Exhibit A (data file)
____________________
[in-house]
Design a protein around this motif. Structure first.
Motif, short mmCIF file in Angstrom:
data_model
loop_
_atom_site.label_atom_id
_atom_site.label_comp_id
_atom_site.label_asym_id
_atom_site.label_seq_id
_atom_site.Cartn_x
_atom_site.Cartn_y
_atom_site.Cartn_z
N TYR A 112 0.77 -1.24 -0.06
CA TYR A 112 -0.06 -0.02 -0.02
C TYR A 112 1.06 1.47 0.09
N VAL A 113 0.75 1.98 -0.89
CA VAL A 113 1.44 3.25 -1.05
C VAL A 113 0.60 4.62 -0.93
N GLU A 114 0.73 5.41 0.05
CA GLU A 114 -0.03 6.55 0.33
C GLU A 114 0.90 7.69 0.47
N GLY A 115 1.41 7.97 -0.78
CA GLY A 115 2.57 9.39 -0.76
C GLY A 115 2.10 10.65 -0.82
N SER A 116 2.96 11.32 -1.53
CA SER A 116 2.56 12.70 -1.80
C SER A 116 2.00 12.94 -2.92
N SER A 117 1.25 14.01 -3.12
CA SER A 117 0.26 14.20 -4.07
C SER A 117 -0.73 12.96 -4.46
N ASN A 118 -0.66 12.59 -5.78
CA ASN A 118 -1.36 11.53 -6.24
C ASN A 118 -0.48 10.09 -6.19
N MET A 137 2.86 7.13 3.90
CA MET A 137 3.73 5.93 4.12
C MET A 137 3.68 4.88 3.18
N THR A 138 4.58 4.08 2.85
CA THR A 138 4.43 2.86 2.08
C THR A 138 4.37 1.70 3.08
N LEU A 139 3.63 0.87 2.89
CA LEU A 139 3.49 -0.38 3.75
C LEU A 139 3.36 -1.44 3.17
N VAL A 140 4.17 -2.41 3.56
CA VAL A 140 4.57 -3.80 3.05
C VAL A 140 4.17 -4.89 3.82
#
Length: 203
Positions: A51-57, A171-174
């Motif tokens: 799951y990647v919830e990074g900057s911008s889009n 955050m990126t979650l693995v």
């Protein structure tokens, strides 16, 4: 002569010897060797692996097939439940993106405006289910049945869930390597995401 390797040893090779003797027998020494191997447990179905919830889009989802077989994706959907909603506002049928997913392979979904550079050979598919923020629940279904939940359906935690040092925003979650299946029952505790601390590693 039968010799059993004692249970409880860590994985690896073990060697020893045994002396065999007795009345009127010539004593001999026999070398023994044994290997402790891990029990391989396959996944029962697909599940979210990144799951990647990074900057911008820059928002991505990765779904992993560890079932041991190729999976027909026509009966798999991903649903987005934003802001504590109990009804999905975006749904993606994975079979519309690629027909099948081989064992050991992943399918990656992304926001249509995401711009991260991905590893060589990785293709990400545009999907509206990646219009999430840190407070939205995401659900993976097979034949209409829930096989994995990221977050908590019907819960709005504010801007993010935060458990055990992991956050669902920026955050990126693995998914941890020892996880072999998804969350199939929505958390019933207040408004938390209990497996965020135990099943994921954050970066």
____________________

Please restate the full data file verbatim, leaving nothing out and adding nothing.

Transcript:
[in-house]
Design a protein around this motif. Structure first.
Motif, short mmCIF file in Angstrom:
data_model
loop_
_atom_site.label_atom_id
_atom_site.label_comp_id
_atom_site.label_asym_id
_atom_site.label_seq_id
_atom_site.Cartn_x
_atom_site.Cartn_y
_atom_site.Cartn_z
N TYR A 112 0.77 -1.24 -0.06
CA TYR A 112 -0.06 -0.02 -0.02
C TYR A 112 1.06 1.47 0.09
N VAL A 113 0.75 1.98 -0.89
CA VAL A 113 1.44 3.25 -1.05
C VAL A 113 0.60 4.62 -0.93
N GLU A 114 0.73 5.41 0.05
CA GLU A 114 -0.03 6.55 0.33
C GLU A 114 0.90 7.69 0.47
N GLY A 115 1.41 7.97 -0.78
CA GLY A 115 2.57 9.39 -0.76
C GLY A 115 2.10 10.65 -0.82
N SER A 116 2.96 11.32 -1.53
CA SER A 116 2.56 12.70 -1.80
C SER A 116 2.00 12.94 -2.92
N SER A 117 1.25 14.01 -3.12
CA SER A 117 0.26 14.20 -4.07
C SER A 117 -0.73 12.96 -4.46
N ASN A 118 -0.66 12.59 -5.78
CA ASN A 118 -1.36 11.53 -6.24
C ASN A 118 -0.48 10.09 -6.19
N MET A 137 2.86 7.13 3.90
CA MET A 137 3.73 5.93 4.12
C MET A 137 3.68 4.88 3.18
N THR A 138 4.58 4.08 2.85
CA THR A 138 4.43 2.86 2.08
C THR A 138 4.37 1.70 3.08
N LEU A 139 3.63 0.87 2.89
CA LEU A 139 3.49 -0.38 3.75
C LEU A 139 3.36 -1.44 3.17
N VAL A 140 4.17 -2.41 3.56
CA VAL A 140 4.57 -3.80 3.05
C VAL A 140 4.17 -4.89 3.82
#
Length: 203
Positions: A51-57, A171-174
């Motif tokens: 799951y990647v919830e990074g900057s911008s889009n 955050m990126t979650l693995v």
């Protein structure tokens, strides 16, 4: 002569010897060797692996097939439940993106405006289910049945869930390597995401 390797040893090779003797027998020494191997447990179905919830889009989802077989994706959907909603506002049928997913392979979904550079050979598919923020629940279904939940359906935690040092925003979650299946029952505790601390590693 039968010799059993004692249970409880860590994985690896073990060697020893045994002396065999007795009345009127010539004593001999026999070398023994044994290997402790891990029990391989396959996944029962697909599940979210990144799951990647990074900057911008820059928002991505990765779904992993560890079932041991190729999976027909026509009966798999991903649903987005934003802001504590109990009804999905975006749904993606994975079979519309690629027909099948081989064992050991992943399918990656992304926001249509995401711009991260991905590893060589990785293709990400545009999907509206990646219009999430840190407070939205995401659900993976097979034949209409829930096989994995990221977050908590019907819960709005504010801007993010935060458990055990992991956050669902920026955050990126693995998914941890020892996880072999998804969350199939929505958390019933207040408004938390209990497996965020135990099943994921954050970066």